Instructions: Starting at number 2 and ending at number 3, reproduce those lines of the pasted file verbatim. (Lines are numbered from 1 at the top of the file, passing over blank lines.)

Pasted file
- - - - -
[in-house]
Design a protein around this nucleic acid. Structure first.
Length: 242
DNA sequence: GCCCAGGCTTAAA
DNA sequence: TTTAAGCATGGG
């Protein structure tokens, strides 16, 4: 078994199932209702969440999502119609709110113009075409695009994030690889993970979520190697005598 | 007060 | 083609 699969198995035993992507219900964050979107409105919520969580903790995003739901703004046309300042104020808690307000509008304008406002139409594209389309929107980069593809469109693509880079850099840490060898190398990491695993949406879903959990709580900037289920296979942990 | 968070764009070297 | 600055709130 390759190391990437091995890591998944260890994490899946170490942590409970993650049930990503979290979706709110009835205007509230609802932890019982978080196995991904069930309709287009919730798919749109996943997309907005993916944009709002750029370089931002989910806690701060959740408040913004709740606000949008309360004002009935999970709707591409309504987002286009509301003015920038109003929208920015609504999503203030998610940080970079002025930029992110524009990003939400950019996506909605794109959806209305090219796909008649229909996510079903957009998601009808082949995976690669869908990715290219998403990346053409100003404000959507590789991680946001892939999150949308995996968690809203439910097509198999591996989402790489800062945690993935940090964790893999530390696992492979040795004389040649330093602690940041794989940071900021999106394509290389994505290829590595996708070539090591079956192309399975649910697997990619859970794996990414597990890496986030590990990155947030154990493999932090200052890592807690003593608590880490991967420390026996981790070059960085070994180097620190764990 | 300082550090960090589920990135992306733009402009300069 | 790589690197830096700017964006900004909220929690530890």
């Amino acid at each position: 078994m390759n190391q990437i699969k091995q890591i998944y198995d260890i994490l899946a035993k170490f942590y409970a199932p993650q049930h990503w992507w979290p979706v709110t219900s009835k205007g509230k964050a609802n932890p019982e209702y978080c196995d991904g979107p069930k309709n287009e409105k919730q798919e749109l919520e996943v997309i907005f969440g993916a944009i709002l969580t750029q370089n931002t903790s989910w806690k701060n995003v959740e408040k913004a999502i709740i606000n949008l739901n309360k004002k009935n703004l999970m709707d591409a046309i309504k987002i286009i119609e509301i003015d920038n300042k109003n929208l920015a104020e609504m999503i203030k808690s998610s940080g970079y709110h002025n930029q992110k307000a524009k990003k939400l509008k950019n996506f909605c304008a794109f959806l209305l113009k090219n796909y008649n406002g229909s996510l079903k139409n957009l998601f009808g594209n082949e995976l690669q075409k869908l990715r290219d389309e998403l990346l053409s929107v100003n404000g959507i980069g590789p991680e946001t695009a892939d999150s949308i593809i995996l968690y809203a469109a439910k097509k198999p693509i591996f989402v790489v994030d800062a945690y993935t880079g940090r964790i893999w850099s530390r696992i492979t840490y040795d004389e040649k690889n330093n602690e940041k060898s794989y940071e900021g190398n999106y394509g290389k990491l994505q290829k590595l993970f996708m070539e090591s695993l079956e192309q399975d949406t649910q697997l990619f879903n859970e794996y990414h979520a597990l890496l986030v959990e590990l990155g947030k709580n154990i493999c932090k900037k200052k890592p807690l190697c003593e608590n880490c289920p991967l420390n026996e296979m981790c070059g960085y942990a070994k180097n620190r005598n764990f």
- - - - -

Design a protein around this nucleic acid. Structure first.
Length: 242